PARIS (Reuters) - France Thursday urged exiled former Thai Prime Minister Thaksin Shinawatra to refrain from making public statements during a visit to Paris later this month.
In an interview with Reuters Wednesday, Thaksin rejected any notion he was the stumbling block in failed talks between the government and anti-government protesters, who were driven out of their makeshift camp in central Bangkok by the army on Wednesday. Speaking from an undisclosed location, the ex-premier said the crackdown on "red shirt" protesters, which has killed scores of people, could degenerate into widespread violence.
"Given the context of violence in Thailand ... we informed Mr Thaksin, who is on a private trip, that he should avoid making any public displays or statements during his stay on our territory," French Foreign Ministry spokesman Bruno Valero said.
Thaksin had been scheduled to make a public appearance in Paris with a news conference on May 31 to discuss recent events in Bangkok.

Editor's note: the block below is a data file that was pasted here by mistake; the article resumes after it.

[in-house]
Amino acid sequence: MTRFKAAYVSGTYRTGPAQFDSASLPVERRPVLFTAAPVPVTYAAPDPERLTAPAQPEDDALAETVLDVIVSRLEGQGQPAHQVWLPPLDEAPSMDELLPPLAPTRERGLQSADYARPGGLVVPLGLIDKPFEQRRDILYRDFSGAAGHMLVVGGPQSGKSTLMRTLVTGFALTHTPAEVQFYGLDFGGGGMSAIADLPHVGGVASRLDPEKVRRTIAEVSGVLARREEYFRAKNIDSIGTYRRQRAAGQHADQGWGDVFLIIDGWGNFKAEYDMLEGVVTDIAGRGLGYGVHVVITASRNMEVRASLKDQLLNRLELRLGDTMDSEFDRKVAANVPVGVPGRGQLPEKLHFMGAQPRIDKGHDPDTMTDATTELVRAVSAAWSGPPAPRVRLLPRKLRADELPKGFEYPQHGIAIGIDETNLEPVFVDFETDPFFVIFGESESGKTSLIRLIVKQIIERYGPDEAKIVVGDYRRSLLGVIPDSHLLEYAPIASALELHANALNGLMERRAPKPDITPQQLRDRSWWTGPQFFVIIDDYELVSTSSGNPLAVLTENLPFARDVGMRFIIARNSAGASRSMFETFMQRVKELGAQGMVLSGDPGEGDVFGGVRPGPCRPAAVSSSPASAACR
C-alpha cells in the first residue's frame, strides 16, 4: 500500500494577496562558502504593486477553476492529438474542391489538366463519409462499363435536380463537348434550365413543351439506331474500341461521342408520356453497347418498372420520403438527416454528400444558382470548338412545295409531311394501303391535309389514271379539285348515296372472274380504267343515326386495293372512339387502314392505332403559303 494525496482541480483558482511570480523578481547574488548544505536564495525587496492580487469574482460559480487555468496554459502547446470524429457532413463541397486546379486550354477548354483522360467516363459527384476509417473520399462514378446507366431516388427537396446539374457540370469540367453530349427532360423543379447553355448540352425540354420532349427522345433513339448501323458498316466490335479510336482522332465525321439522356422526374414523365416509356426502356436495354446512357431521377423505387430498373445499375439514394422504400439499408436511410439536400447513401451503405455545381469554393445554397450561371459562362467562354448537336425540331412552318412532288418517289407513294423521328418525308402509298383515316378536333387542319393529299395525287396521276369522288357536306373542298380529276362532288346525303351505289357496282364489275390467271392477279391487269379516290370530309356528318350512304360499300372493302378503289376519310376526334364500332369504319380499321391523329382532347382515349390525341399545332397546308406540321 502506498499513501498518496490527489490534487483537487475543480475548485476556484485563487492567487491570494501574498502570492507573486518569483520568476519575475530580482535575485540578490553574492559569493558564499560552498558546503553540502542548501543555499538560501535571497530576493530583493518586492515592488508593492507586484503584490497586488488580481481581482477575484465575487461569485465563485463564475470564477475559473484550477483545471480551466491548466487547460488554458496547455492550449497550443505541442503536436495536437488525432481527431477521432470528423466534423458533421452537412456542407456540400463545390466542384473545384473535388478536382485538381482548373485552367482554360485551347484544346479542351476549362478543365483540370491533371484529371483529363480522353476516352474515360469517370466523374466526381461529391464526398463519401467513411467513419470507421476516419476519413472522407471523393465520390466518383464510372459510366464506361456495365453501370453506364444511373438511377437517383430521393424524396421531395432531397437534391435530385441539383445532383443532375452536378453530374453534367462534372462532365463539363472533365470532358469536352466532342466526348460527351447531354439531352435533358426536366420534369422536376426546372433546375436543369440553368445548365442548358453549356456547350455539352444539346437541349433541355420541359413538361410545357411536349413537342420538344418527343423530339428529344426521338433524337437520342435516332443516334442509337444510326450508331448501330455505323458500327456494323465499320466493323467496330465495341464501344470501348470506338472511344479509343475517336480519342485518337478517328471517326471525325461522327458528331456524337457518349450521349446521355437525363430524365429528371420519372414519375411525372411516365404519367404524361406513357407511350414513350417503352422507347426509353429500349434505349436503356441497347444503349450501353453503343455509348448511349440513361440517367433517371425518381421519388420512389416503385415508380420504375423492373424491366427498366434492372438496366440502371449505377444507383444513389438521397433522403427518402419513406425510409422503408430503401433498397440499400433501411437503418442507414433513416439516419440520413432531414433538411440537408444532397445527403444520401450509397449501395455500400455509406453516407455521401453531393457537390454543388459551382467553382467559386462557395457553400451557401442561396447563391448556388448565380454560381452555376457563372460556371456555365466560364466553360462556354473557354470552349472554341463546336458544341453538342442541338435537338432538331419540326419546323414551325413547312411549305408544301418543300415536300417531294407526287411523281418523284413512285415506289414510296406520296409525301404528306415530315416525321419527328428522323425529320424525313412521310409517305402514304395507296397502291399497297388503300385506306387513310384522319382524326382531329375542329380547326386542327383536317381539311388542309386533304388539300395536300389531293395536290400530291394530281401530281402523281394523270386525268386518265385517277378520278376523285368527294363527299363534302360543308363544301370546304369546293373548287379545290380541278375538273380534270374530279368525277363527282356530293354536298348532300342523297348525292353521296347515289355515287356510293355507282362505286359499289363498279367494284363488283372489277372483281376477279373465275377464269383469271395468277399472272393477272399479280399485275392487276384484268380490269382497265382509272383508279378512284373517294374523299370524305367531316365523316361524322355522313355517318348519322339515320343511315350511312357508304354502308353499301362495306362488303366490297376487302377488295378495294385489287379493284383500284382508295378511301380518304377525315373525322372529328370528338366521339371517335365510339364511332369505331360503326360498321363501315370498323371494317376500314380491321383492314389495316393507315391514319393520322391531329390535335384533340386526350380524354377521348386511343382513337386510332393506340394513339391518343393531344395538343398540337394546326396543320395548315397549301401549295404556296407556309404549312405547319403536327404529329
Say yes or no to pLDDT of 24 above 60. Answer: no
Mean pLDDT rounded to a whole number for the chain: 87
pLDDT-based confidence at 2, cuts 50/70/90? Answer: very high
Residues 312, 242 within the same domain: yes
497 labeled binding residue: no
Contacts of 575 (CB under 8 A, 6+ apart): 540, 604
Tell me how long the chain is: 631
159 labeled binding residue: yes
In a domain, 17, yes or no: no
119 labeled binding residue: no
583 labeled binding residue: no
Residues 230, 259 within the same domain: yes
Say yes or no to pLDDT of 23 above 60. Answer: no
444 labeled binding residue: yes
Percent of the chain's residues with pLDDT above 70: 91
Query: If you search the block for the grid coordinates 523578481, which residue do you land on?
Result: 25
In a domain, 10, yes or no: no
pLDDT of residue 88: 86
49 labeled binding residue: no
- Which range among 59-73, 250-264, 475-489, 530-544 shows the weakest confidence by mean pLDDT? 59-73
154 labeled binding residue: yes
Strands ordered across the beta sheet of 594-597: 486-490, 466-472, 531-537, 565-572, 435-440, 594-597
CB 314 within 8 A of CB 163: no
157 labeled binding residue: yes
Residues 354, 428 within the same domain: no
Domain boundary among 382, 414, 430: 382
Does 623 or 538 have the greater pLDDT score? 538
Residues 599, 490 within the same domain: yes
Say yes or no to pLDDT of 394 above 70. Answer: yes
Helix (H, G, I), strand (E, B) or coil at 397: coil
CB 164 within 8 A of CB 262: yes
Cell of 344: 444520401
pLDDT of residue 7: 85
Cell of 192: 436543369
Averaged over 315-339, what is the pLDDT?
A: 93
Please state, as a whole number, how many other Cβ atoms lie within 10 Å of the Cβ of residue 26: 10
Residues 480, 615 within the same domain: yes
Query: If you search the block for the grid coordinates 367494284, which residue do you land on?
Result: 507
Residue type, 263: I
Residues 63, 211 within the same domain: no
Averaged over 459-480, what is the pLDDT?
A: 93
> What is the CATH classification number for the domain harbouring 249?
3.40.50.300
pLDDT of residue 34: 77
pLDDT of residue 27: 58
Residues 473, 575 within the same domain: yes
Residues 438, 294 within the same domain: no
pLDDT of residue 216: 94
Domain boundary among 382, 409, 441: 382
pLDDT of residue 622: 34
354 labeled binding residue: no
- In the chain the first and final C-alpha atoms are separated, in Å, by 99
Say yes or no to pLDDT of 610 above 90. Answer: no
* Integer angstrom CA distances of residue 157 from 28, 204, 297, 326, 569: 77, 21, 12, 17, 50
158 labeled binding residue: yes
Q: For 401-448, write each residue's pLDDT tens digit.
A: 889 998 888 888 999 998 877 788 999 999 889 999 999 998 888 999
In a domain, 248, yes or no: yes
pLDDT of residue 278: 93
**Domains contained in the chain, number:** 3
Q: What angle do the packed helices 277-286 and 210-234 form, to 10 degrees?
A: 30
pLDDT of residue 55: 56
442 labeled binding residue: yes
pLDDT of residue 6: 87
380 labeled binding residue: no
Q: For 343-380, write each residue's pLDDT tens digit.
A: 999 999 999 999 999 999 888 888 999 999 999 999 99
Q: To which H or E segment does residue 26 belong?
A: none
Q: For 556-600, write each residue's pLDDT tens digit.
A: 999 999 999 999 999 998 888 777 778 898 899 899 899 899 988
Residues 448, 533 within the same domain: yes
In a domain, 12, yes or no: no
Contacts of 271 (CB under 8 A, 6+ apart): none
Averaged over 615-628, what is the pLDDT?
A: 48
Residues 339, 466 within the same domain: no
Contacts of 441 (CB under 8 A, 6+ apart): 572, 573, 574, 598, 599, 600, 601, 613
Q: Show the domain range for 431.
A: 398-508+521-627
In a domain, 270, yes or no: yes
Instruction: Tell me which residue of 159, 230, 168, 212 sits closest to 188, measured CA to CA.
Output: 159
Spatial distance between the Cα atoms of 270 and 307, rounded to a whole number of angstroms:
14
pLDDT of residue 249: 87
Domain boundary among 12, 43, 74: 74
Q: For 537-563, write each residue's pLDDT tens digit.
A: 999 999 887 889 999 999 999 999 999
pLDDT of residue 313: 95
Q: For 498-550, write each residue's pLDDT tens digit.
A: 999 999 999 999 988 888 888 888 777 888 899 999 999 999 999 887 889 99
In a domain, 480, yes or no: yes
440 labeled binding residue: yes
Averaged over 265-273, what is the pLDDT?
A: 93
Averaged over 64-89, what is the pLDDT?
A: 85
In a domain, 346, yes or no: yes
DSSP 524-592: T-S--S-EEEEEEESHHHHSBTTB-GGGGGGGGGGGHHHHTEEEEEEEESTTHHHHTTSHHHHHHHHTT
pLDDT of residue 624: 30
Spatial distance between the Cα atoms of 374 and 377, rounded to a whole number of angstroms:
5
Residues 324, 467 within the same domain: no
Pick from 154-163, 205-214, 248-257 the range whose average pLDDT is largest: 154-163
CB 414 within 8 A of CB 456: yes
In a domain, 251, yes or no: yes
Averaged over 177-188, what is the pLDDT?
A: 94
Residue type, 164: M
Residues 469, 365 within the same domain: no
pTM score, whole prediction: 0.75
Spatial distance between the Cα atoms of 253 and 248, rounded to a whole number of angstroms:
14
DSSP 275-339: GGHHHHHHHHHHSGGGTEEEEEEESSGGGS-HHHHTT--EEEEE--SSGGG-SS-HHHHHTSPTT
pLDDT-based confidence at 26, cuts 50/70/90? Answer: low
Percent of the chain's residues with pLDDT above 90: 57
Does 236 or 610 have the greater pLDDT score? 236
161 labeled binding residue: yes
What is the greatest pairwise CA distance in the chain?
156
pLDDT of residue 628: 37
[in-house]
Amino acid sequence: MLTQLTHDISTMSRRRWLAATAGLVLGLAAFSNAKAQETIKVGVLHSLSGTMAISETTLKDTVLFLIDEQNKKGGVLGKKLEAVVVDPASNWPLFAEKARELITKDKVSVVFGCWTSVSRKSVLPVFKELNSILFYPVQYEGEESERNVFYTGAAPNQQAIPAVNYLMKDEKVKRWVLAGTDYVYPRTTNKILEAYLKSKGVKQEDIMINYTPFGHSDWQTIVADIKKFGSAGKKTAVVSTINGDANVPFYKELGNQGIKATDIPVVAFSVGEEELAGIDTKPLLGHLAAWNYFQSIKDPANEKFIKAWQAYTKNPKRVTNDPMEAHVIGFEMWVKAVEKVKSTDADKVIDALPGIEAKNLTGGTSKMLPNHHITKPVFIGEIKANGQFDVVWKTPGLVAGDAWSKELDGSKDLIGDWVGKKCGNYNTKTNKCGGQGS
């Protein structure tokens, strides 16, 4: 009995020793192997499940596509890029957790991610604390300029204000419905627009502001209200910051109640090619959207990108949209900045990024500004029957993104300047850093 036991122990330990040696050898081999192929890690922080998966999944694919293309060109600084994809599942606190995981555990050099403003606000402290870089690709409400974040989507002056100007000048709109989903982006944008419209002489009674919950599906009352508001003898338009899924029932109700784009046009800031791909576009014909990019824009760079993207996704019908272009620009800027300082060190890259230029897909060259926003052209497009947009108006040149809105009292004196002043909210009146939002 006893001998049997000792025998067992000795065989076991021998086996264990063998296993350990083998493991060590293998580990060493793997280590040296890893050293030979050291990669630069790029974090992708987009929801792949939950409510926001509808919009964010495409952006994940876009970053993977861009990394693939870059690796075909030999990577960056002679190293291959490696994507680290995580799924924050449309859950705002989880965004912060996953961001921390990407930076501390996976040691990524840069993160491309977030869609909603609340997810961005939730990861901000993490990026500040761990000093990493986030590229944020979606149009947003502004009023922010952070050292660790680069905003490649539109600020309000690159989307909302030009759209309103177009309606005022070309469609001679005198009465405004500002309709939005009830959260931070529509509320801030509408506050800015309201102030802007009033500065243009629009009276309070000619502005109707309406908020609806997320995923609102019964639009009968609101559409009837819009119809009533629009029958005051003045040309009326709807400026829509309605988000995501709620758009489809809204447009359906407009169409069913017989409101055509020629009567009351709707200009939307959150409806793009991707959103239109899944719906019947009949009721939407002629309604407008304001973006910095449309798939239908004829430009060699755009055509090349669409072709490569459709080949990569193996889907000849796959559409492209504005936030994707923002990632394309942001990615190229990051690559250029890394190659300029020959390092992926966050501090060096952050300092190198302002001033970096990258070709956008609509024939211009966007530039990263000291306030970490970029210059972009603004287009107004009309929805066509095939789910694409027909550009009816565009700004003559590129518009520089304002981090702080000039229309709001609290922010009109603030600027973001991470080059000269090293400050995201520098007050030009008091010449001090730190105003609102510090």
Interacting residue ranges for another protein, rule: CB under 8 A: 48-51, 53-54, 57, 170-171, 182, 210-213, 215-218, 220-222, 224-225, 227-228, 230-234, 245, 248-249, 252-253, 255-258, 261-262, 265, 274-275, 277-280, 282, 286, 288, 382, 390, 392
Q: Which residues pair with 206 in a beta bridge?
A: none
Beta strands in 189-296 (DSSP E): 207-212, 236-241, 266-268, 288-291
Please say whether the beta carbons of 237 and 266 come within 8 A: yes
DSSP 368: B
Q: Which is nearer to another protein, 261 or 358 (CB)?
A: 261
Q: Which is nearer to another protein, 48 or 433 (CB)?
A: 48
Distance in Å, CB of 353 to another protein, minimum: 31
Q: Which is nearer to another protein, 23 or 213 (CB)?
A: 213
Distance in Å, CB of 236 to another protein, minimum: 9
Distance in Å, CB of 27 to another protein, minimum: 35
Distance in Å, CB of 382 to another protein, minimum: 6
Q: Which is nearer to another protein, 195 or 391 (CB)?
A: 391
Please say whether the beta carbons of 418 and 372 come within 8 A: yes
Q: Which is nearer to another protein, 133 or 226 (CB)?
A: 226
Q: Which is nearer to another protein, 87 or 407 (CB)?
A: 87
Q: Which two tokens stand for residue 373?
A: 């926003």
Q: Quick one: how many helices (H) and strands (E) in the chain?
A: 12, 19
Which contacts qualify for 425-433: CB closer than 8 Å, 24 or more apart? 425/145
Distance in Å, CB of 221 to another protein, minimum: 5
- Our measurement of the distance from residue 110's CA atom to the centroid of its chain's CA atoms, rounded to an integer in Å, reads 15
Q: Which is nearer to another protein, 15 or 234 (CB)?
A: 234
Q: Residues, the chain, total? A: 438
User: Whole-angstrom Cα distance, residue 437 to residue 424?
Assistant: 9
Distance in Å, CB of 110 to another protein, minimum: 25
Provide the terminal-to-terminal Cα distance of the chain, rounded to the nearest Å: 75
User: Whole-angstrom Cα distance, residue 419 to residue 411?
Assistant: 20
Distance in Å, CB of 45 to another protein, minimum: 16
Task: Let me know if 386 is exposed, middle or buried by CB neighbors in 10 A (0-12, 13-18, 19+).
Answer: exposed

The red shirts are made up of mainly members of the rural poor and urban working classes. Many are supporters of the twice-elected Thaksin, to whom they remain loyal because of his mould-breaking populist polices while in office from 2001-2006.
Thaksin was ousted in a coup and convicted of corruption in absentia.
Thai authorities restored order over most of the Thai capital Thursday but the peace looked fragile.
(Reporting by John Irish; editing by Matthew Jones)